Here, some might say that it is the language that is sometimes imperfect to "translate" thoughts – or if you want, that there would be originally a real clear and clear idea which would then be poorly expressed or misunderstood. Now, and this is Merleau-Ponty's second thesis to which I want to draw attention before coming to the song, there is no thought without some form of language. So try to "think" that you can't wait until I finish speaking to hear the song without mentally "telling" you. The remark may seem trivial, but the implications go far. Because if there is no thought without language, then one does not know what one thinks or feels without expressing it, at least mentally. And to this extent, language will transform our reality and, above all, our understanding not only of others, but also of ourselves. Let us take a case where it appears in a striking way: the birth of the feeling of love. When you tell yourself that this person you do not find "only" interesting and beautiful, but that you realize that it is more than that, that you are falling in love, there is then an awareness that transforms our understanding – and that goes through language. Because it is obviously not the same thing to be attracted to someone as to develop an attachment – and in this kind of circumstance, when one tries to think of what one feels for the other, it it is clear that language is important. Luc Brisson had a nice formula on this subject, he said that "an experience which cannot objectify itself does not have enough existence to become an object of thought and an object of discourse." and that in this sense "A great love remains as evanescent as an ugly toothache if it does not transform reality in one way or another". If we put this in connection with what has been said before about the language that works with a background and where the understanding is done by a kind of fusion of horizons, it means that our own consciousness is not transparent to itself, that there is a relative opacity of our own consciousness which takes the necessary language work to seek to understand what we think. In other words, you have to try to understand yourself as someone else. And when there is disagreement on the understanding of a behavior for example, the one who did it then does not necessarily have a more complete understanding than the person who observes it. In fact, with the essential game of language, we can consider that we can never say all that we wanted to say, at the same time that we always say more than what we wanted to say. Hence, too, the ambiguity of meaning.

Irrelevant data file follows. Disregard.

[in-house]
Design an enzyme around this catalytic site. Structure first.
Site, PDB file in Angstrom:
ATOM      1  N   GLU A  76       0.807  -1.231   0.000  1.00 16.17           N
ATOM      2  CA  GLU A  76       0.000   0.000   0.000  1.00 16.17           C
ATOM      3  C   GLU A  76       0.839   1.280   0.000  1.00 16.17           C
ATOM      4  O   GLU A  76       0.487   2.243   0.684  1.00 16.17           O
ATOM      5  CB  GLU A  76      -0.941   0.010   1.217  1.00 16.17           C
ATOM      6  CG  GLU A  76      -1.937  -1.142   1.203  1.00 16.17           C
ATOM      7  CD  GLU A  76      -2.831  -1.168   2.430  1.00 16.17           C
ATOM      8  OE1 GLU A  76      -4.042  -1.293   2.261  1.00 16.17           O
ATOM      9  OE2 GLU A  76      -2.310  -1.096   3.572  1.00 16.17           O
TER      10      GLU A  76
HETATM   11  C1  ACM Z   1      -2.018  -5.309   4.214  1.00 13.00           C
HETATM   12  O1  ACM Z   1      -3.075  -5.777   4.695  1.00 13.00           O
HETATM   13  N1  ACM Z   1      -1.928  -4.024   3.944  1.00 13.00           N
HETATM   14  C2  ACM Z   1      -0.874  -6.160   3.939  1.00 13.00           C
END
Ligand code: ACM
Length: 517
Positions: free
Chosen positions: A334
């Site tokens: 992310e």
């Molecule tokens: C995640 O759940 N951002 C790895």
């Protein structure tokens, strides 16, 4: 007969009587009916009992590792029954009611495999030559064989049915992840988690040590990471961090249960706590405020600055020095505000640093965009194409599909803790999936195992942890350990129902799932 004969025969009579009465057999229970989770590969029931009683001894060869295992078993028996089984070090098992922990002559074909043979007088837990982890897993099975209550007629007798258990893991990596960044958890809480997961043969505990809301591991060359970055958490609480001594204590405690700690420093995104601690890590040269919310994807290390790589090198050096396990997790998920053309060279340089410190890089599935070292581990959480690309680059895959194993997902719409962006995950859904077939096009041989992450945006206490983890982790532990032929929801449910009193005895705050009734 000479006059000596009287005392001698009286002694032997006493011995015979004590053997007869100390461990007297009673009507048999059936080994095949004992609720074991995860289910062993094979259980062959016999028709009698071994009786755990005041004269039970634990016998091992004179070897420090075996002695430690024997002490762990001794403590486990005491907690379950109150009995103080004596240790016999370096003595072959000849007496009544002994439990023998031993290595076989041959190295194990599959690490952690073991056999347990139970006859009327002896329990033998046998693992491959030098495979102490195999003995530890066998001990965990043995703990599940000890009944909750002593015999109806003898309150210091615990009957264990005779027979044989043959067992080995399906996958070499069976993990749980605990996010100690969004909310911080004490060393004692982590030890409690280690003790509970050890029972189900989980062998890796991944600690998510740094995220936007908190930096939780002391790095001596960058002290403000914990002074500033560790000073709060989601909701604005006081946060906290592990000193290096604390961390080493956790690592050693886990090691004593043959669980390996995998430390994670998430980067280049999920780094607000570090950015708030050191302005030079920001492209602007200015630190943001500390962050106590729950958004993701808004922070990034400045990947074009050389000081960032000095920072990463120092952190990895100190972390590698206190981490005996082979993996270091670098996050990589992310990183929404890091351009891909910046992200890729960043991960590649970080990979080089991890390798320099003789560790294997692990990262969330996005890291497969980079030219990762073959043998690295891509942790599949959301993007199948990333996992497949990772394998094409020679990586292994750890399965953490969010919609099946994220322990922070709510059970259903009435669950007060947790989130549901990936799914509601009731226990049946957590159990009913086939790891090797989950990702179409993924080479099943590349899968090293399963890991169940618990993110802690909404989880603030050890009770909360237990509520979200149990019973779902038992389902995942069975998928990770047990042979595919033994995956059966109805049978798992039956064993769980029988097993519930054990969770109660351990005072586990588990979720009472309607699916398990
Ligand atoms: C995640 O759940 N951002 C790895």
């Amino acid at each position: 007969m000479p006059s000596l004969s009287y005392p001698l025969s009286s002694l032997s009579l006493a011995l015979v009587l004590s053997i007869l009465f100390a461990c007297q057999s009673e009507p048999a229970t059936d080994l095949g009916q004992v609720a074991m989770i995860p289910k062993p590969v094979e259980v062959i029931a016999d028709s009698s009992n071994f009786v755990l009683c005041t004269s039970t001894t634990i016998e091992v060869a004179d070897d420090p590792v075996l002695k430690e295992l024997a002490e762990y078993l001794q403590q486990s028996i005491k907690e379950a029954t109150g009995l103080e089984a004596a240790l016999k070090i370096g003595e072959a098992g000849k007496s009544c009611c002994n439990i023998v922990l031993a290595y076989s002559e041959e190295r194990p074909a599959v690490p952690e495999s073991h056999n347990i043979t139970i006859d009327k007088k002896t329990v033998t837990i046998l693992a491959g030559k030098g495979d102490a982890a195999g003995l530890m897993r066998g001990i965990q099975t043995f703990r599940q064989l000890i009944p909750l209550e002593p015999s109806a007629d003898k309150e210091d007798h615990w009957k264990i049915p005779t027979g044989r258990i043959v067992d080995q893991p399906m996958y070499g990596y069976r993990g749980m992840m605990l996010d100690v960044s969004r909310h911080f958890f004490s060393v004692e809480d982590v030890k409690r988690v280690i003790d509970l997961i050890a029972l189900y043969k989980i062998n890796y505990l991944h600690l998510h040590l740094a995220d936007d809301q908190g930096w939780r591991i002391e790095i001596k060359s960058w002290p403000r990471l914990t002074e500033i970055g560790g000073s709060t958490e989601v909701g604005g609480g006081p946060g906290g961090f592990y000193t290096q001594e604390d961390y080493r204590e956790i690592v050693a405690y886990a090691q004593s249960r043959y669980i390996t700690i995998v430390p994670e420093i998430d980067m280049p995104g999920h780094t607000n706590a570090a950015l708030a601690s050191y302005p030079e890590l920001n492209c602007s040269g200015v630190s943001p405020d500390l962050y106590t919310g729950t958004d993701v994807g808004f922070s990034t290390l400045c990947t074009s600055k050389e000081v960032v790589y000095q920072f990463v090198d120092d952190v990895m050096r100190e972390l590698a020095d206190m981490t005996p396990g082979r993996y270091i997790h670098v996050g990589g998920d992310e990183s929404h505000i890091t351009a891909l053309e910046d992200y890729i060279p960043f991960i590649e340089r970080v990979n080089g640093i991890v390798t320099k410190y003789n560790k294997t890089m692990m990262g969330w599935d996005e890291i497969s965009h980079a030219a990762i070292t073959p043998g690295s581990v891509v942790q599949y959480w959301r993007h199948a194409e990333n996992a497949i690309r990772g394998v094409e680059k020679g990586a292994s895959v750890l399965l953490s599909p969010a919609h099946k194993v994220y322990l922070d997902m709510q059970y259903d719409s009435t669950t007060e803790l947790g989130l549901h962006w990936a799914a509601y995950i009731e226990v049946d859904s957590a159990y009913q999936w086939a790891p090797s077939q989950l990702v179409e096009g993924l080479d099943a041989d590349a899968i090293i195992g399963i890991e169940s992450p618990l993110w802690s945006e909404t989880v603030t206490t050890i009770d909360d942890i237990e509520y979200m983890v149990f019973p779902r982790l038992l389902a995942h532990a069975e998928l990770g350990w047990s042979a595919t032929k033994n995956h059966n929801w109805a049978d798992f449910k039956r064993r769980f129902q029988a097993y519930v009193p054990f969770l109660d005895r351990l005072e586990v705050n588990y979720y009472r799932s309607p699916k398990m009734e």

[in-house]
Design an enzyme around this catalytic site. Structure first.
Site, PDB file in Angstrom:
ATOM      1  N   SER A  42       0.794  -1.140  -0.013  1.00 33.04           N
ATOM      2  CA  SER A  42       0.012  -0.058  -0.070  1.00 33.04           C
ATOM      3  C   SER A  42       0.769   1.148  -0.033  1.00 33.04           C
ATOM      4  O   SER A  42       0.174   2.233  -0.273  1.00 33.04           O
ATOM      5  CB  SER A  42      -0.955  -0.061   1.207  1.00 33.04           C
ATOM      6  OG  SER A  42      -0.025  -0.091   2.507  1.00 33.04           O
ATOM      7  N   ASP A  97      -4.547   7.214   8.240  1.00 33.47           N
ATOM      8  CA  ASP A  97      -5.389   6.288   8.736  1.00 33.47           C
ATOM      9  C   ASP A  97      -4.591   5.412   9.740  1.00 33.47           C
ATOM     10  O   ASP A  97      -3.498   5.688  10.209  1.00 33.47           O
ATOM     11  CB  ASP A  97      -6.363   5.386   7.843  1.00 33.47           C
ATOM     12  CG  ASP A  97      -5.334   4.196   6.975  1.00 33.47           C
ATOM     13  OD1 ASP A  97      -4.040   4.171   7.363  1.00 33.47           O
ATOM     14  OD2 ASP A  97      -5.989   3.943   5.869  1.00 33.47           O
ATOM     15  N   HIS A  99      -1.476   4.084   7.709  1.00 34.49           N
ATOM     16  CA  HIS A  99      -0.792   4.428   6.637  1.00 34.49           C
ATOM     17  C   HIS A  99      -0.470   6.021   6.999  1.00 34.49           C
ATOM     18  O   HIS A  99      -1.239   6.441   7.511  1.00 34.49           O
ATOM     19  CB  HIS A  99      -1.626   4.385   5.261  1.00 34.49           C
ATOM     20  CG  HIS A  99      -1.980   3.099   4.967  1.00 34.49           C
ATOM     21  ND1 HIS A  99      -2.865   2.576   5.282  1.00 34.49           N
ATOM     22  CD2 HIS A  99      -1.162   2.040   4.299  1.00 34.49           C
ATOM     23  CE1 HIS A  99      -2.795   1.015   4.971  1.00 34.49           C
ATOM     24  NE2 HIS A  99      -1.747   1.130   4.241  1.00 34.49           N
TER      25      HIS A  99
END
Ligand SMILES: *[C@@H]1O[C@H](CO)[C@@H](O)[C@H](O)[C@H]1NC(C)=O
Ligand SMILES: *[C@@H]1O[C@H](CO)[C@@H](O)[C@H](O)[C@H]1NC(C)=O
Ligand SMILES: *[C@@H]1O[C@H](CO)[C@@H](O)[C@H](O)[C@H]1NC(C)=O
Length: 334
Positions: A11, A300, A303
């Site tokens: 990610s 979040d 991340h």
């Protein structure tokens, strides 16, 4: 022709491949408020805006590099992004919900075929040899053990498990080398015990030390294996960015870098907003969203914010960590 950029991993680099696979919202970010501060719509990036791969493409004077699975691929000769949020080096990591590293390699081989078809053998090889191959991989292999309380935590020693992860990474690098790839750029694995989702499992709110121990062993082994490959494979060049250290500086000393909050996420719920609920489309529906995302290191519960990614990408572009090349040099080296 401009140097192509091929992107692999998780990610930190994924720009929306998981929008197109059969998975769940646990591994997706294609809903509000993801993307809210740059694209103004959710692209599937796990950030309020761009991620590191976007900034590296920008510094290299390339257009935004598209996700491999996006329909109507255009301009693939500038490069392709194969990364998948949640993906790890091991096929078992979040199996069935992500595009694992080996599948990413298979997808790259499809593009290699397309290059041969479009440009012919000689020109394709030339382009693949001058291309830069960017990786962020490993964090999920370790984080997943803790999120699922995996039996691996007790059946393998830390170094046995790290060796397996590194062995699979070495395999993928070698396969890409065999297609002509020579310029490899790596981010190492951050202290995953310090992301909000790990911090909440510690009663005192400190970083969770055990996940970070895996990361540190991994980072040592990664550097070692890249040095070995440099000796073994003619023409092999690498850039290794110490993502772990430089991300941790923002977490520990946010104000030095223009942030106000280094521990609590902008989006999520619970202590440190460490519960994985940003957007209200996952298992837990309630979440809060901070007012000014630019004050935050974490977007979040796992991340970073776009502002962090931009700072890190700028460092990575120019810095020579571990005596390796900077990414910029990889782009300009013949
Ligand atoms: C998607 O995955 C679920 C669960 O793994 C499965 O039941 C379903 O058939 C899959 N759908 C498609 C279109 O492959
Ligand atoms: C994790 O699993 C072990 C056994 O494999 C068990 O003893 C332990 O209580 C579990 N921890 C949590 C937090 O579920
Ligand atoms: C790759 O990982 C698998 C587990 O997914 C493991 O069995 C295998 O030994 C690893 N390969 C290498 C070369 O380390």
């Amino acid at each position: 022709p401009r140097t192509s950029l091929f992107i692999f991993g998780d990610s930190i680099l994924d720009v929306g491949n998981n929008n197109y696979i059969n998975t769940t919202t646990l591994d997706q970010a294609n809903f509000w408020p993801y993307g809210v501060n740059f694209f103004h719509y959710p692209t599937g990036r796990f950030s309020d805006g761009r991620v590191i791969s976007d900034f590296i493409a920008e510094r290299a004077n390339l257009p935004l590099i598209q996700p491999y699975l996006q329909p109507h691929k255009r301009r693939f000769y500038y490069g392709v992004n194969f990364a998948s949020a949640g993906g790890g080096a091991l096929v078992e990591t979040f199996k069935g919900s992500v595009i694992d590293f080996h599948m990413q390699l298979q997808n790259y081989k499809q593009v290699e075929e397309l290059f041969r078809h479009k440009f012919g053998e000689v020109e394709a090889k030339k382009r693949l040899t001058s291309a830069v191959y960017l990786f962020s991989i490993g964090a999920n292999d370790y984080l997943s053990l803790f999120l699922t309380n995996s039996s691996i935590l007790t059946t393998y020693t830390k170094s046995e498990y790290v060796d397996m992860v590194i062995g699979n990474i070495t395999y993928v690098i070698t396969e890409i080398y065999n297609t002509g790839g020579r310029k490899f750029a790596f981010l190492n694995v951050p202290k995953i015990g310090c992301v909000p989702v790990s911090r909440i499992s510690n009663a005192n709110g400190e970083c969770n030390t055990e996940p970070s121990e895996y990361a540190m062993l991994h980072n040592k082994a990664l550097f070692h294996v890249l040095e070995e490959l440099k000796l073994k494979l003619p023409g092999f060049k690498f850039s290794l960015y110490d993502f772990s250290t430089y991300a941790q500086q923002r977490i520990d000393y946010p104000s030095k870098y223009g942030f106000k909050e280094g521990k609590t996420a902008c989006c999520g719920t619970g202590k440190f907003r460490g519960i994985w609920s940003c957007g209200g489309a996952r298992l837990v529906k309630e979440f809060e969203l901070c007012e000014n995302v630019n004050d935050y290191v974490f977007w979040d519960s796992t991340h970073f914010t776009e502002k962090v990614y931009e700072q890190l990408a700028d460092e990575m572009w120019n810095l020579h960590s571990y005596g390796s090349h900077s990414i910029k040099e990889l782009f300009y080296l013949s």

The song The Final Cut ("Cut", as we say "cut" in the cinema – a title that could be translated by the last scene) highlights certain ambiguities, which can be seen quite easily.

Lines 10 to 14 somehow raise the question of the share of childhood that remains in adulthood.

In lines 15 to 26: if he confides without a mask, if he offers his confidence to show even his less shiny sides, will the other recognize this effort of honesty? Showed his vulnerability, will the other respect the confidentiality or will he see a weakness which he can take advantage of (sell the story to Rolling Stone magazine) or will he use it to blame him?

(…)